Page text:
As short a period of time as five years ago, prior to the landmark United States Supreme Court ruling that paved the way for state-sanctioned legal gambling on sporting events, there were in all likelihood millions of Americans who bet on the games in one form or another, albeit illegally.

When it became a legal practice, sports book operators found a ready and willing audience. Many participants were already knowledgeable about sports betting, and those that weren’t, were eager to be educated.

Fantasy leagues, “squares”, and similar football wagers among friends and family members were part of home, office, and “watering hole” culture for decades.

In spite of the legality, the AGA’s survey revealed that there will still be 13 percent of NFL bettors who will go to a bookie. The figure is down two points from last year (15 percent) and five points down from 2020 (18 percent).

Understandably, the survey discovered that among states that still haven’t passed legislation to conduct legal sports wagering, bookie usage is 50 percent higher.

Twenty-three million people will place a bet online this season, a dramatic 18 percent increase over a year ago. Another six million will place bets in-person at a brick-and-mortar sportsbook, up two percent over a year ago.

As it stands today, sports betting is legal in 36 states and Washington D.C. Thirty-two jurisdictions are already operating operational markets.

The new states that have come on board since the start of the 2021 NFL season include Connecticut, Kansas, Louisiana, Maryland, and Wisconsin.

It is interesting to observe that 18 of the 22 states that are home to NFL teams have legalized sports betting.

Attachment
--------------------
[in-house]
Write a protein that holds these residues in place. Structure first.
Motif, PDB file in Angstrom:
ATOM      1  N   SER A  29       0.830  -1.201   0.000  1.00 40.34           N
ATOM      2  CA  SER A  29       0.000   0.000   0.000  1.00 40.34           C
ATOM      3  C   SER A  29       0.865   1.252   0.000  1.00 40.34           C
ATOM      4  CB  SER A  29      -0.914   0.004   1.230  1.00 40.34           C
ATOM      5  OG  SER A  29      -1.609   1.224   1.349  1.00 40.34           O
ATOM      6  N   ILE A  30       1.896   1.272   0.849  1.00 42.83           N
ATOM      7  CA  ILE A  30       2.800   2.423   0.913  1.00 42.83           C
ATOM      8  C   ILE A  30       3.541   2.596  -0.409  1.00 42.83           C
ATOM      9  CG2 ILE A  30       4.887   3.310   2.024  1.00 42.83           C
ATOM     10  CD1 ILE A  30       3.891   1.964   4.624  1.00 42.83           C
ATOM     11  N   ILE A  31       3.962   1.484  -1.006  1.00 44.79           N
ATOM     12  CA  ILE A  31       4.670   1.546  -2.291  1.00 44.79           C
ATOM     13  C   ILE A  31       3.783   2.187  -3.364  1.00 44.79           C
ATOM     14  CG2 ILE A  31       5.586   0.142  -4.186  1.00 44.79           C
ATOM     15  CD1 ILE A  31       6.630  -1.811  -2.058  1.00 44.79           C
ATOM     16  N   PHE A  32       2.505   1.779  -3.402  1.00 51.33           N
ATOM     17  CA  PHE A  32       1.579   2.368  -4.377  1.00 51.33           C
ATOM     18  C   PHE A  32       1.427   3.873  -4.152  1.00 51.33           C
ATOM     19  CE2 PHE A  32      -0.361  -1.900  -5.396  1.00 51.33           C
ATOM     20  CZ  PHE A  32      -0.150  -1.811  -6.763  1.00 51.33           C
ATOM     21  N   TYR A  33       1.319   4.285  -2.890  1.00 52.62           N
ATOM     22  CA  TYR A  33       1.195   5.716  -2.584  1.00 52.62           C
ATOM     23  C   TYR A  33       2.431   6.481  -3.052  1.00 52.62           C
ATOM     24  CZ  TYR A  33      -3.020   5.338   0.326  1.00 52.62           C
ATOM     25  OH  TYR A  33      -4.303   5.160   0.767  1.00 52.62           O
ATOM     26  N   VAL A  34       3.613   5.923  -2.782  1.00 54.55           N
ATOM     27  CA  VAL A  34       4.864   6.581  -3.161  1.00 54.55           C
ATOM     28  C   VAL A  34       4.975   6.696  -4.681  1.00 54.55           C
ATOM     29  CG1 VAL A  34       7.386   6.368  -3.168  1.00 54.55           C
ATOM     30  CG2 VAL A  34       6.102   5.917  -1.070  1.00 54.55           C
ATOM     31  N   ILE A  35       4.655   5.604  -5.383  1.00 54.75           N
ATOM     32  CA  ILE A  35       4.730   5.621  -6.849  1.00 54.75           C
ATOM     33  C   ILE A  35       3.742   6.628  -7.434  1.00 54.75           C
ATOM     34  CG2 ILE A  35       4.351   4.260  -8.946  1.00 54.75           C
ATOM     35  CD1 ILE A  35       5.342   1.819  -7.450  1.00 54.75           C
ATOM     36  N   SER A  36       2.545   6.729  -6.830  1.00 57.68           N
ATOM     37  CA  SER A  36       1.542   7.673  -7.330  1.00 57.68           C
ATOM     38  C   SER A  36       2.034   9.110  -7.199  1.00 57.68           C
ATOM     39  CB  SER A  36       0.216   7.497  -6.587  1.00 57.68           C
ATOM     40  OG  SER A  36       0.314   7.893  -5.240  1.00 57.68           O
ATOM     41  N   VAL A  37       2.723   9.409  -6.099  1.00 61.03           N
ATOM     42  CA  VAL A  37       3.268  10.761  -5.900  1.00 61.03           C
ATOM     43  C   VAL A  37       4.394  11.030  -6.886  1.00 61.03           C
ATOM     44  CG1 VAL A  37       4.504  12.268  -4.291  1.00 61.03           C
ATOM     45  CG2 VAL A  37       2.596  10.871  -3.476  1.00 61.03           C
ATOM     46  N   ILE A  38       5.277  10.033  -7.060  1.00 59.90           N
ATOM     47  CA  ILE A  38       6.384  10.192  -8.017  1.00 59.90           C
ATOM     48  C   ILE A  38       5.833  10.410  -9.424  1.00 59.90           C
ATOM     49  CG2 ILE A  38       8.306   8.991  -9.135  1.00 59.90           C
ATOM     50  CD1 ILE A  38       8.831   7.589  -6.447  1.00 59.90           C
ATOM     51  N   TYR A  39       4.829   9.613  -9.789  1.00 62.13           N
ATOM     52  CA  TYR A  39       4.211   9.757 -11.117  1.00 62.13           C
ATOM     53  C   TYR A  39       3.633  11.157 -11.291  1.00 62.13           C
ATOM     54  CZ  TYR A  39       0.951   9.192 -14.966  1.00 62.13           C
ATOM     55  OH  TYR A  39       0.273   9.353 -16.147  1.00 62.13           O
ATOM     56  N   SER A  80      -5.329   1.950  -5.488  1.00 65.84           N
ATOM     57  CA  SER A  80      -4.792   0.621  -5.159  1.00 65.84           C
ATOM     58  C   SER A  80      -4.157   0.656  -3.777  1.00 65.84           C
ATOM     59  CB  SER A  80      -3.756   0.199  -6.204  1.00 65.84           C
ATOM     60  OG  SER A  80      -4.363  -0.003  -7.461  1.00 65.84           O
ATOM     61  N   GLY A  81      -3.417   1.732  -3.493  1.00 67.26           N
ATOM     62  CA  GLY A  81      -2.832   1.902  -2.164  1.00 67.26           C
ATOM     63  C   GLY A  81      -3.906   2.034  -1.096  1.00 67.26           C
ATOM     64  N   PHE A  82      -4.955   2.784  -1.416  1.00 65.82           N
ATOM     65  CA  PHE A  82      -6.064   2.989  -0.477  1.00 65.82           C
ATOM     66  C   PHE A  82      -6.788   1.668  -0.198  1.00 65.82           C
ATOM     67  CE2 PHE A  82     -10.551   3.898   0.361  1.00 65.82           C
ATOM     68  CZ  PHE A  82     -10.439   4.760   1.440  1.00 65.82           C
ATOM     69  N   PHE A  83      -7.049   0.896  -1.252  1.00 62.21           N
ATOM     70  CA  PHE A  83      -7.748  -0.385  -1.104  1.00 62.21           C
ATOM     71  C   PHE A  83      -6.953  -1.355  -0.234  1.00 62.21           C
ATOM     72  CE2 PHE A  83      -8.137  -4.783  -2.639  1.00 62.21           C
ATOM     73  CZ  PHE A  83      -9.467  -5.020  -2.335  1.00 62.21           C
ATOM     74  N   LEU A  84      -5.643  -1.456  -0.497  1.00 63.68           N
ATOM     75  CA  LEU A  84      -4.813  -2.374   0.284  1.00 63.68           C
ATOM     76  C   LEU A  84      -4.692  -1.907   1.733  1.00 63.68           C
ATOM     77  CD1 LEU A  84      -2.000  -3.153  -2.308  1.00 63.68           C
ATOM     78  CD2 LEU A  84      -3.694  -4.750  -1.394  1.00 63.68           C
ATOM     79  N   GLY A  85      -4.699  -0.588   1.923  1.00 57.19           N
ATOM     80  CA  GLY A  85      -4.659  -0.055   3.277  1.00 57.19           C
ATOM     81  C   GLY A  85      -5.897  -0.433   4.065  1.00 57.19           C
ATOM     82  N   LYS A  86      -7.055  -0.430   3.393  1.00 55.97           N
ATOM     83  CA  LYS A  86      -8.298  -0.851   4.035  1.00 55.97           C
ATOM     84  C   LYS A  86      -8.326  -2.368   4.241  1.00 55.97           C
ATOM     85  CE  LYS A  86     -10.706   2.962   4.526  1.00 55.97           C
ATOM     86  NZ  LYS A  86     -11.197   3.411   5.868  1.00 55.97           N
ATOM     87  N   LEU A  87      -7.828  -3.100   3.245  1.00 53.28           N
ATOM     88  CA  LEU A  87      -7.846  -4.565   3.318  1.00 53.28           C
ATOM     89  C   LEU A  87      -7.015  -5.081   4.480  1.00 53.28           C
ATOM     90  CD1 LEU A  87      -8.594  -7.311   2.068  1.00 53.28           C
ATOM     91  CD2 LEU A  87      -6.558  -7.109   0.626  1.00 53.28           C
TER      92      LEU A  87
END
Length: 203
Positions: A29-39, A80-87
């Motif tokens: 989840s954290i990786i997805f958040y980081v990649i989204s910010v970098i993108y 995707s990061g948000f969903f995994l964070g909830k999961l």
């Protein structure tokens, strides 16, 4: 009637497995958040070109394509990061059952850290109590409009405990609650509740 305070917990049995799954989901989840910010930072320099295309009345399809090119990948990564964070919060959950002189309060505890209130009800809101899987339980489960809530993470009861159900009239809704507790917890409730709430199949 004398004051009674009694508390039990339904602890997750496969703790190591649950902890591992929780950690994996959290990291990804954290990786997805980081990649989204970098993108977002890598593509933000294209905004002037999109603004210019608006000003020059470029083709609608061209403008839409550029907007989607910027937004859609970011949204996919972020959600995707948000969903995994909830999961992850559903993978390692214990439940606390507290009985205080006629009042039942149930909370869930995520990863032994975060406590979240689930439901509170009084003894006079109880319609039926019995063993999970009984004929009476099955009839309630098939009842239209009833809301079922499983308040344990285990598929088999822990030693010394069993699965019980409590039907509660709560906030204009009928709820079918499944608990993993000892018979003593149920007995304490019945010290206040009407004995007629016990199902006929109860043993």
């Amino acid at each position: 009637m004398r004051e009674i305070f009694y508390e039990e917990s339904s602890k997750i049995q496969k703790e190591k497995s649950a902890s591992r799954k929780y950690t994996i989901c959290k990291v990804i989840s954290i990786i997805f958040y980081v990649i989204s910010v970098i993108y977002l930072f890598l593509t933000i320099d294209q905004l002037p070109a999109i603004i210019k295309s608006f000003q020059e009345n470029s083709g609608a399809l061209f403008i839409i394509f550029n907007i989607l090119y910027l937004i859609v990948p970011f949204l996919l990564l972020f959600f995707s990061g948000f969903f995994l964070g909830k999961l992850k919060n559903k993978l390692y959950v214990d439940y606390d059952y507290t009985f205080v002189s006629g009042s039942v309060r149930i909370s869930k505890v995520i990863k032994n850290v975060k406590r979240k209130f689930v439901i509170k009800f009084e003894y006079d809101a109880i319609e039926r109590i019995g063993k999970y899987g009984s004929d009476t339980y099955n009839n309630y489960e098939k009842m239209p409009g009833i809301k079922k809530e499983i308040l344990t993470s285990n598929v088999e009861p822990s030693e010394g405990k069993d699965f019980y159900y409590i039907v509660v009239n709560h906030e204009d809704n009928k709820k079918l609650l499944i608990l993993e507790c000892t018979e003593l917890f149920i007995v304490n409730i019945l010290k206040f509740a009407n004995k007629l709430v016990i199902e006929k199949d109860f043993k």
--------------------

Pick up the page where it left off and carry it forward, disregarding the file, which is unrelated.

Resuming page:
Sports betting is a burgeoning sector of the gambling industry. In the first seven months of 2022, the AGA reports $50.4 billion in sports wagers across the nation, generating more than $809 million in federal, state, and local taxes: A bonanza for revenue-strapped states.

Legal sports betting is a fact of life that is impossible to escape. Electronic media advertising blitzes, partnerships with professional sports franchises and even the leagues themselves, and professional athlete spokespersons combine to give the industry a legitimacy all its own.

You knew it was going to be bigtime long before it was introduced. For years, when the only ways you could bet was through a bookie or in Las Vegas, newspapers across the country carried the point spreads and injury reports for all of the games.

Today, electronic media coverage of the games includes conversations with betting experts and in-depth analysis of the odds, prop bets, point spreads, and up-to-the minute game day reports.

Placing bets has become as much a part of our sports culture as watching the games themselves and rooting for our favorite teams.

After all, who can deny that “having a little skin in the game” adds a new dimension to the excitement threshold?